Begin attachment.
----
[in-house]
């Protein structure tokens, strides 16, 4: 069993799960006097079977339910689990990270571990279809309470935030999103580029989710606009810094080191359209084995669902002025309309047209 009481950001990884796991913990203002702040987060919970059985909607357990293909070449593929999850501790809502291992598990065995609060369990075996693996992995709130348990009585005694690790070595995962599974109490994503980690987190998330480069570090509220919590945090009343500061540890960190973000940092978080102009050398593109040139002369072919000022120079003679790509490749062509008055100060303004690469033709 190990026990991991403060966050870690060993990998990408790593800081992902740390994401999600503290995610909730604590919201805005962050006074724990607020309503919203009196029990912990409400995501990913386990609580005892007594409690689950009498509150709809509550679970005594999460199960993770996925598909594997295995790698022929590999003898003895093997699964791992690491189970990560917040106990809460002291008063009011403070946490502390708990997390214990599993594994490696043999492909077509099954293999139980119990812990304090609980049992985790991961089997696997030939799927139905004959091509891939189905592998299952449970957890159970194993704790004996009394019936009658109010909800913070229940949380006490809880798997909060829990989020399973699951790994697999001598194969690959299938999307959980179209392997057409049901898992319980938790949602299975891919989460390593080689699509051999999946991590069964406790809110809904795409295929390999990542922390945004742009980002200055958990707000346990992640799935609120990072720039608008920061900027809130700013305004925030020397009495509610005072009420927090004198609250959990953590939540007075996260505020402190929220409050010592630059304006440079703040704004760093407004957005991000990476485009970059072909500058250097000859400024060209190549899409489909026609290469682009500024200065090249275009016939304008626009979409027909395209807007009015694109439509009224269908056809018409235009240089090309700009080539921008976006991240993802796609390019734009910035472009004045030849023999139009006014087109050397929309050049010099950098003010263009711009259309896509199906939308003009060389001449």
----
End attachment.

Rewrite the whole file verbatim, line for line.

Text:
[in-house]
């Protein structure tokens, strides 16, 4: 069993799960006097079977339910689990990270571990279809309470935030999103580029989710606009810094080191359209084995669902002025309309047209 009481950001990884796991913990203002702040987060919970059985909607357990293909070449593929999850501790809502291992598990065995609060369990075996693996992995709130348990009585005694690790070595995962599974109490994503980690987190998330480069570090509220919590945090009343500061540890960190973000940092978080102009050398593109040139002369072919000022120079003679790509490749062509008055100060303004690469033709 190990026990991991403060966050870690060993990998990408790593800081992902740390994401999600503290995610909730604590919201805005962050006074724990607020309503919203009196029990912990409400995501990913386990609580005892007594409690689950009498509150709809509550679970005594999460199960993770996925598909594997295995790698022929590999003898003895093997699964791992690491189970990560917040106990809460002291008063009011403070946490502390708990997390214990599993594994490696043999492909077509099954293999139980119990812990304090609980049992985790991961089997696997030939799927139905004959091509891939189905592998299952449970957890159970194993704790004996009394019936009658109010909800913070229940949380006490809880798997909060829990989020399973699951790994697999001598194969690959299938999307959980179209392997057409049901898992319980938790949602299975891919989460390593080689699509051999999946991590069964406790809110809904795409295929390999990542922390945004742009980002200055958990707000346990992640799935609120990072720039608008920061900027809130700013305004925030020397009495509610005072009420927090004198609250959990953590939540007075996260505020402190929220409050010592630059304006440079703040704004760093407004957005991000990476485009970059072909500058250097000859400024060209190549899409489909026609290469682009500024200065090249275009016939304008626009979409027909395209807007009015694109439509009224269908056809018409235009240089090309700009080539921008976006991240993802796609390019734009910035472009004045030849023999139009006014087109050397929309050049010099950098003010263009711009259309896509199906939308003009060389001449």